Earliest traces of opium use found in Israel may have been an offering to the gods
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Earliesttraces of opium use, found in Israel, may have been an 'offering to the gods'
Theearliest evidence of opium usage in the ancient world has been discovered at aburial site in central Israel that dates to around 14th century B.C., duringthe Late Bronze Age.
Residue ofthe narcotic, which is made using the seed capsules of the poppy plant, wasfound inside more than a half dozen 3,500-year-old pottery vessels at the site,which is located at Tel Yehud just outside Tel Aviv, a region formerly known asCanaan.
Archaeologistsfrom the Israel Antiquities Authority and the Weizmann Institute of Sciencediscovered the pit tomb during an excavation in 2012. However, they found theopium-laced pottery, alongside the skeletal remains of a male who died between40 and 50 years of age, on a return excavation in 2017, according to a studypublished July 2 in the journal Archaeometry (opens in new tab).
Aftertesting 22 storage jars and juglets using chemical analysis, the researchersdiscovered that eight of the ceramic vessels contained trace amounts of thehighly addictive drug. Of the pieces that tested positive, several lookedsimilar to the bulbous shape of an inverted poppy capsule. Some of the potterywas imported from the island of Cyprus, located west of Tel Yehud, theresearchers determined, noting clay bands on the long-necked vessels and otherdistinctive decorations related to pottery from that area.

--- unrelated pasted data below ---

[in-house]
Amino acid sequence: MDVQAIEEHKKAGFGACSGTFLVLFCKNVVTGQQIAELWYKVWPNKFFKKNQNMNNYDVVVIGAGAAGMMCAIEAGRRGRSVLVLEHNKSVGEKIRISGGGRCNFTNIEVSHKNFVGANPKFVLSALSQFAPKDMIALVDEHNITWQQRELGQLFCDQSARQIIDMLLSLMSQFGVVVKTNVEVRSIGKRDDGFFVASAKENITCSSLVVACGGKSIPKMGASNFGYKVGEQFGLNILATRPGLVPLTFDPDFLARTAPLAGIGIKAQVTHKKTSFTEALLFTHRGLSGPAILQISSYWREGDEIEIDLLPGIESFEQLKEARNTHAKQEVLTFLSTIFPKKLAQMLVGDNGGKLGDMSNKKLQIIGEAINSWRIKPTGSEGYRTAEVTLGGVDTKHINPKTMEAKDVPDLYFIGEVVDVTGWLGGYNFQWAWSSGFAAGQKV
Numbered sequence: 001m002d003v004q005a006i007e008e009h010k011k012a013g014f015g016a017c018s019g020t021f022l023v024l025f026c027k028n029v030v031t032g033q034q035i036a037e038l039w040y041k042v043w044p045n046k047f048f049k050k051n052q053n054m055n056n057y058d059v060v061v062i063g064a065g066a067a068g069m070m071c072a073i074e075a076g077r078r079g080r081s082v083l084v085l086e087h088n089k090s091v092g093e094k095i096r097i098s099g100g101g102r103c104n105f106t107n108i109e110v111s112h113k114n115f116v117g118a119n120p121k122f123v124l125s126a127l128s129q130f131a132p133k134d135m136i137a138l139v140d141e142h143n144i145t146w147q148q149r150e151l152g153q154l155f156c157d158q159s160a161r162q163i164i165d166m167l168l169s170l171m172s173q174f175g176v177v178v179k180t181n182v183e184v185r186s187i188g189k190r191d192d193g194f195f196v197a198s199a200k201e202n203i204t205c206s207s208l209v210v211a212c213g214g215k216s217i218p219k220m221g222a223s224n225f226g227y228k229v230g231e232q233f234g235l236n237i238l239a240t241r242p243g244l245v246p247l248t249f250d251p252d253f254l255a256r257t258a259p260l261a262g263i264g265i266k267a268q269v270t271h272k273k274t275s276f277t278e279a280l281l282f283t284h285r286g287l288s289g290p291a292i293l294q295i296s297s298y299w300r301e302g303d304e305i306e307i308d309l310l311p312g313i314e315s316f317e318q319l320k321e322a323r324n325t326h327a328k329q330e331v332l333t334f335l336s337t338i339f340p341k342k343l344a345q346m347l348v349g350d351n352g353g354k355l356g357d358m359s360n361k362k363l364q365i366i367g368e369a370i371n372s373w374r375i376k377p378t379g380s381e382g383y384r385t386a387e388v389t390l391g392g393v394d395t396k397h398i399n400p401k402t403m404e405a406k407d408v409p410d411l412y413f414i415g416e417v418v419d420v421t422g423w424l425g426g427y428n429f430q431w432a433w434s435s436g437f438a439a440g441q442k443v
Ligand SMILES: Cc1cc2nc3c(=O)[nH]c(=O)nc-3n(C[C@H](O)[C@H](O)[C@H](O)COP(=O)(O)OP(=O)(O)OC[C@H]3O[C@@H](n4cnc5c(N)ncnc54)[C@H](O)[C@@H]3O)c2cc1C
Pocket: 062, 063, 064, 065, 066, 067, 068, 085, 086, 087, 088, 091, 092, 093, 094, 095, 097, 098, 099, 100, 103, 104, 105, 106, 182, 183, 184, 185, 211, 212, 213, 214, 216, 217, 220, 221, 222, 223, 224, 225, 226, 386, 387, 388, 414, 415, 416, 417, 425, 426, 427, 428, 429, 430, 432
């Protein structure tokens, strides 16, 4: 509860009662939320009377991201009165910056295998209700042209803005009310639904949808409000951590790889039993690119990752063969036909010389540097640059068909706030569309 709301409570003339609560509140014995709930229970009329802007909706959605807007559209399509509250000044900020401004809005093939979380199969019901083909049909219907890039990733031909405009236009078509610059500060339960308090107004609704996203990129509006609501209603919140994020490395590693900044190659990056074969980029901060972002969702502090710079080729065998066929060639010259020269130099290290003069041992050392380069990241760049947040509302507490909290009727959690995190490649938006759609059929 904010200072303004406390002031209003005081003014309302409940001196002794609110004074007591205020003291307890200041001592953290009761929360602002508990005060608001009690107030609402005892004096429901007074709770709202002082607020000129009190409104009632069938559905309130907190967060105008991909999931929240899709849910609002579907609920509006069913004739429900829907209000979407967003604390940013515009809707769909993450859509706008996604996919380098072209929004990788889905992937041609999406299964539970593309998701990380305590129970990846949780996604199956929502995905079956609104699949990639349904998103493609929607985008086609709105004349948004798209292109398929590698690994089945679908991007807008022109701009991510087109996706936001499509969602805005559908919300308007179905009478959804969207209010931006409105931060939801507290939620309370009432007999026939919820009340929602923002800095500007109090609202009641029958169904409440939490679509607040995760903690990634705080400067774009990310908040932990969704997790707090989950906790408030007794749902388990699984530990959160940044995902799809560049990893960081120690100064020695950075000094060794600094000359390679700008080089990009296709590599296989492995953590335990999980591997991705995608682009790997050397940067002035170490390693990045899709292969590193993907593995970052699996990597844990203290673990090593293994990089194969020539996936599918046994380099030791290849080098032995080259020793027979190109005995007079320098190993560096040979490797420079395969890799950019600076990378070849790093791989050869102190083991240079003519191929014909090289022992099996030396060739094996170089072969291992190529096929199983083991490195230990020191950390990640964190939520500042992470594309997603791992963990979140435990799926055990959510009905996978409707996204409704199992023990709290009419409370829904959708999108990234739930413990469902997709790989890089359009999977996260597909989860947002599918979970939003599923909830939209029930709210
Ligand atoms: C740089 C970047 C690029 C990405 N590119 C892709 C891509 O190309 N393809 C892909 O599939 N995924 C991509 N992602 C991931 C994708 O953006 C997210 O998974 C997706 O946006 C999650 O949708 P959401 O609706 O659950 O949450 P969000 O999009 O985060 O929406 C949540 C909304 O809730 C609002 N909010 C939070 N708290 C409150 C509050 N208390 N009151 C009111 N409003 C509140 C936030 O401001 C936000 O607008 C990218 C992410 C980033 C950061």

"Therewas a hypothesis in 2017 that because some of the jugs resembled poppies, thatthey might contain opium," Vanessa Linares, a doctoral candidate at Tel Aviv Universityand the study's lead author, told Live Science. "We found that was thecase and that opium was contained inside some of the vessels."
While it'snot clear why opium was part of this particular burial, Linares saidresearchers have several theories based on historical documentation from otherancient civilizations around the world.
"Accordingto the historical and written record, we see that Sumerian priests used opiumto reach a higher state of spirituality, while the Egyptians reserved opium forwarriors as well as priests, possibly using it not only to have a psychoactiveeffect but also for medicinal processes, since its main compound is morphine,which is used to help with pain," Linares said.
"Perhapsit was also there as an offering for the gods, and maybe they thought that thedeceased would need it in the afterlife," she added. "I think we canmake a lot of speculations and suggestions for why it was there."